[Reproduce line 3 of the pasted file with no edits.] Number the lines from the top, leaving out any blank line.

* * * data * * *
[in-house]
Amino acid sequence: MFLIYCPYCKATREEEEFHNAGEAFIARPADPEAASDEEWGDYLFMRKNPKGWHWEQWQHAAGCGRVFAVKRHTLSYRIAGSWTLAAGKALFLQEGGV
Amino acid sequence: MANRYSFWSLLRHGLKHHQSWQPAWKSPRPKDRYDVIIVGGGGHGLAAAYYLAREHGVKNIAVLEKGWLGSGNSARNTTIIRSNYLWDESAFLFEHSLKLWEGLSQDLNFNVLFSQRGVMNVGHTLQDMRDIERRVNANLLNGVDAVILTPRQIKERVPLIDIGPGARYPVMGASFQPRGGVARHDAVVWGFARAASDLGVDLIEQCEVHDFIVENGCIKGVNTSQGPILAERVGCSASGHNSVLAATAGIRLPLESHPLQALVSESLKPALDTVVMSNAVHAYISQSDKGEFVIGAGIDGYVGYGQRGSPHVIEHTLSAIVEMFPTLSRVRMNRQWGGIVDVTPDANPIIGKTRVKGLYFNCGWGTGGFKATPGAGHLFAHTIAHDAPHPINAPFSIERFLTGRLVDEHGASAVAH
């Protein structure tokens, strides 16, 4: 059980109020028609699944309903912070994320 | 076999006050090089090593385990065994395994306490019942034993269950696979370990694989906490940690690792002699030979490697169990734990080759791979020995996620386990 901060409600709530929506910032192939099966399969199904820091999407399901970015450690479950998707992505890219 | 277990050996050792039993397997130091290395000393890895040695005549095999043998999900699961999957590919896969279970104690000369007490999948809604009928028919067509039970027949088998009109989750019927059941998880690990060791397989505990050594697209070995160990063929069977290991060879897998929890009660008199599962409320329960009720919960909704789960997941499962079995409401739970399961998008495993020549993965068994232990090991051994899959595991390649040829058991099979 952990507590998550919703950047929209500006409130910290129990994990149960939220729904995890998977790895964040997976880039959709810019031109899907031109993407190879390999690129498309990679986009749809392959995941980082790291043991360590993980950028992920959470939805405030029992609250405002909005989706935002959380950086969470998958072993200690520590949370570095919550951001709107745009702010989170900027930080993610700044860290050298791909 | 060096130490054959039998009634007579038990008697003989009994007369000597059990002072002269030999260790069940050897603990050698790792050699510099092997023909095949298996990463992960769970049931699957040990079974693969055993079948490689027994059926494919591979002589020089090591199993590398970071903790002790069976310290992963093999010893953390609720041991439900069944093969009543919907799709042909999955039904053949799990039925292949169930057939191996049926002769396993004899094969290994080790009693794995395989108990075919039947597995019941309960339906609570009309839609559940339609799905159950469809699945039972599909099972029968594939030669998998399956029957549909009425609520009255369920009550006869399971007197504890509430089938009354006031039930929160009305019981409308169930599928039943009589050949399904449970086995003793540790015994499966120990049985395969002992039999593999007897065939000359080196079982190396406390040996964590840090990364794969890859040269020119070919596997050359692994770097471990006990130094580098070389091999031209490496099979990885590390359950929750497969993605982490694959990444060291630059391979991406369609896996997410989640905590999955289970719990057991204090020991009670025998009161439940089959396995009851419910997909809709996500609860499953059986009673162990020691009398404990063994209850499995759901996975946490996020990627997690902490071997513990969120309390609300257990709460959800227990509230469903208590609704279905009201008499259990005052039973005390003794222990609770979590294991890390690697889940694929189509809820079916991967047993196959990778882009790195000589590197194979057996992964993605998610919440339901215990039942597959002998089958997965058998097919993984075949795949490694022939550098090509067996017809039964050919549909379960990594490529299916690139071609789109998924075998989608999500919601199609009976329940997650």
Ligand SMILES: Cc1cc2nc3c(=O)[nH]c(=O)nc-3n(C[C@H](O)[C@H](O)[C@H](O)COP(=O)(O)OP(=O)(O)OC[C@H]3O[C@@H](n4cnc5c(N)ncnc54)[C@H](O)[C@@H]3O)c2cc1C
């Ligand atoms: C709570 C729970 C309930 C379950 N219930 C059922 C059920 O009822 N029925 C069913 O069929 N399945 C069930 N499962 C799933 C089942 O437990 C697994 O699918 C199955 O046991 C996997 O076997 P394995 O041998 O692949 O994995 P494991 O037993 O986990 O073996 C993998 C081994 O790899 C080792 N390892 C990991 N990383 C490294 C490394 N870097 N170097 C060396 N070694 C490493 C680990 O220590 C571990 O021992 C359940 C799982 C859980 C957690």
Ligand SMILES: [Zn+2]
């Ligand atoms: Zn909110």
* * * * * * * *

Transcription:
Amino acid sequence: MANRYSFWSLLRHGLKHHQSWQPAWKSPRPKDRYDVIIVGGGGHGLAAAYYLAREHGVKNIAVLEKGWLGSGNSARNTTIIRSNYLWDESAFLFEHSLKLWEGLSQDLNFNVLFSQRGVMNVGHTLQDMRDIERRVNANLLNGVDAVILTPRQIKERVPLIDIGPGARYPVMGASFQPRGGVARHDAVVWGFARAASDLGVDLIEQCEVHDFIVENGCIKGVNTSQGPILAERVGCSASGHNSVLAATAGIRLPLESHPLQALVSESLKPALDTVVMSNAVHAYISQSDKGEFVIGAGIDGYVGYGQRGSPHVIEHTLSAIVEMFPTLSRVRMNRQWGGIVDVTPDANPIIGKTRVKGLYFNCGWGTGGFKATPGAGHLFAHTIAHDAPHPINAPFSIERFLTGRLVDEHGASAVAH